By Jenny Hilborne
Author of mysteries and thrillers
For years, long before I became an author, I kept a journal. Then, one day, also long before I came an author, I burned them. I had the horrible image of someone getting their hands on the journals if anything happened to me, and I wanted to make sure they'd never resurface. The things that went in those journals were intensely private, meant only for me: things I might think but never say, or wish for but never admit. The idea of anyone reading them or knowing my innermost thoughts - especially if I survived whatever calamity life threw my way and had to face said person/s (even worse if they'd been, ahem..."discussed" in one of the journals) - was too galling to contemplate.
Before I destroyed the books, I spent a couple of hours re-reading them and getting re-acquainted with my past. I haven't led the most riveting life by some people's standards, but I've done some pretty interesting things such as (in no particular order) learn to ski, learn to shoot, travel a bit, work for a radio station, relocate to a new country, move house (more times than I care to mention), buy my own house, get married and then divorced, become a landlord. It was actually quite fascinating reading, to me anyway. I'd forgotten a lot of the stuff and some of the people from my past. Sometimes, the running commentary about what we observe can be quite funny.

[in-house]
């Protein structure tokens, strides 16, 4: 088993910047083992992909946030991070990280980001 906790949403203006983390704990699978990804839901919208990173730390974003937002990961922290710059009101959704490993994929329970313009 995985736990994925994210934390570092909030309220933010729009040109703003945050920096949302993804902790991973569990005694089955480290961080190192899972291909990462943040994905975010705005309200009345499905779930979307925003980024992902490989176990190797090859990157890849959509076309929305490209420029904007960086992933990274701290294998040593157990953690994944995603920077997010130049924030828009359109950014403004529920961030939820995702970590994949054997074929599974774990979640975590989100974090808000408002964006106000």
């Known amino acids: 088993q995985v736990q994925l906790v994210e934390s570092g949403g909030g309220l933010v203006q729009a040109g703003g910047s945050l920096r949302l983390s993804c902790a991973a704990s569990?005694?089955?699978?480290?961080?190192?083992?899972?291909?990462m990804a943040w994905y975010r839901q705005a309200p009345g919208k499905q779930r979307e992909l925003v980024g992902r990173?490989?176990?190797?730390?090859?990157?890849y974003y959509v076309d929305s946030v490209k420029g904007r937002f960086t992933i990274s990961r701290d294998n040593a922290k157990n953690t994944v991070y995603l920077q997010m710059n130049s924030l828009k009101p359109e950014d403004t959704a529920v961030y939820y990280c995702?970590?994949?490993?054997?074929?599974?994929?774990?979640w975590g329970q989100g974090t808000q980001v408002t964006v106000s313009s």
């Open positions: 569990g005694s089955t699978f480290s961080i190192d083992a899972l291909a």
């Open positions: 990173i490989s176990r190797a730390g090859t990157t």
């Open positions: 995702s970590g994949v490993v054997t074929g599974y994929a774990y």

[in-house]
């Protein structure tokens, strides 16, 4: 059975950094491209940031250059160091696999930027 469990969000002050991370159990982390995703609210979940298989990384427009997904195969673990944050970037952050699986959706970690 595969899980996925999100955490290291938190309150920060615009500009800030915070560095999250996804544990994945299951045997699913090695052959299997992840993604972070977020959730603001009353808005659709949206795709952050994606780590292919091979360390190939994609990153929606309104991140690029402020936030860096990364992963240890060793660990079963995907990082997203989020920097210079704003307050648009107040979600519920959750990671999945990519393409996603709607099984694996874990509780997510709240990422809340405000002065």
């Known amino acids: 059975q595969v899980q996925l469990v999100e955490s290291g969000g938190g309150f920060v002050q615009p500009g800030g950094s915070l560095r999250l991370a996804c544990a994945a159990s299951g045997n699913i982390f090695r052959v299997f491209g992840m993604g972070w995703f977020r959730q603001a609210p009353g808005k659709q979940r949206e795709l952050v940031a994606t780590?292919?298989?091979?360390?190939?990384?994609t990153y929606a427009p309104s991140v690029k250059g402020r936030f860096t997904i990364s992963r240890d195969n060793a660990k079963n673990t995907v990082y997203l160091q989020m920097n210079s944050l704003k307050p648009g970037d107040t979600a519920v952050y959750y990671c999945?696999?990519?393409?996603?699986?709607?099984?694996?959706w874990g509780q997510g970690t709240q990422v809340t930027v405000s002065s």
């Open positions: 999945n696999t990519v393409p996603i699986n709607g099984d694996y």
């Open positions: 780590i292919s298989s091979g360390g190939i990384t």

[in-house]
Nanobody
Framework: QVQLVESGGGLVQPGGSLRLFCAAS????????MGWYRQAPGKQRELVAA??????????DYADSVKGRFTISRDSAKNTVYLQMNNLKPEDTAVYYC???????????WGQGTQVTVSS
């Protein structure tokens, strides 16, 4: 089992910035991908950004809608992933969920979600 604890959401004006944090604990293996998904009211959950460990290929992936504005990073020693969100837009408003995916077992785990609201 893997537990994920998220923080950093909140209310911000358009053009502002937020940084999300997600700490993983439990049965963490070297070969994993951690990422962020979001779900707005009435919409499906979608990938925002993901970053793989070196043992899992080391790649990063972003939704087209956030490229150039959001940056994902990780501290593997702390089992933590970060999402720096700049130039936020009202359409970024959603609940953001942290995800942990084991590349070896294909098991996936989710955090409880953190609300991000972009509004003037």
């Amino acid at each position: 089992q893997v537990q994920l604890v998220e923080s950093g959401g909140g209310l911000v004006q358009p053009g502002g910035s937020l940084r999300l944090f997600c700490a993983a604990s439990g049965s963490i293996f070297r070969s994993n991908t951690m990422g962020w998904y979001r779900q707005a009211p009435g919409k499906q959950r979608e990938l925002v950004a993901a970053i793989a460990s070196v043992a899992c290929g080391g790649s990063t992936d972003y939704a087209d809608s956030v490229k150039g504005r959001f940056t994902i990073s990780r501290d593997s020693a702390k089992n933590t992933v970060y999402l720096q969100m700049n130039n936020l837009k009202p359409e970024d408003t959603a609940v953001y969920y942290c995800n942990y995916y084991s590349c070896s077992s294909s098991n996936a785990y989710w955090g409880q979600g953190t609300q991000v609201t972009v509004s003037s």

I recorded mundane things in the books, too, such as particular comments a person made, or I described an interesting outfit and what other people said about the person wearing it. I wrote about funny things I heard, or noted someone's kindness. A lot of the pages were filled with my reactions to some of the daily occurrences and the people in my life, which is primarily the reason I burned them.
Looking back, years after I destroyed the journals, I somewhat regret that I didn't keep them. They were a record of the past, an account of things I'd witnessed other people say & do. I'd started writing them in the 80's (people & outfits were hugely fascinating in the 80's). Now that I'm an author, they'd have been a great resource for keeping track of an era gone by, record changes in a town or city, for developing characters based on real life observations, for humorous anecdotes, my memories of being 22, or 25, and looking back on things I survived that seemed so dreadful at the time and really weren't. If they were important enough for me to write down, they were important enough to remember.
Maybe I'll start keeping a journal again. They're a great thing to leave behind for future generations to read. I still hate the idea of such a confidential item winding up in someone else's hands, and if I can't write down my most honest and private thoughts and opinions, is there a point in keeping one at all?
Authors - do you keep a journal? How does it assist you in your writing? Do writers use journals differently than readers?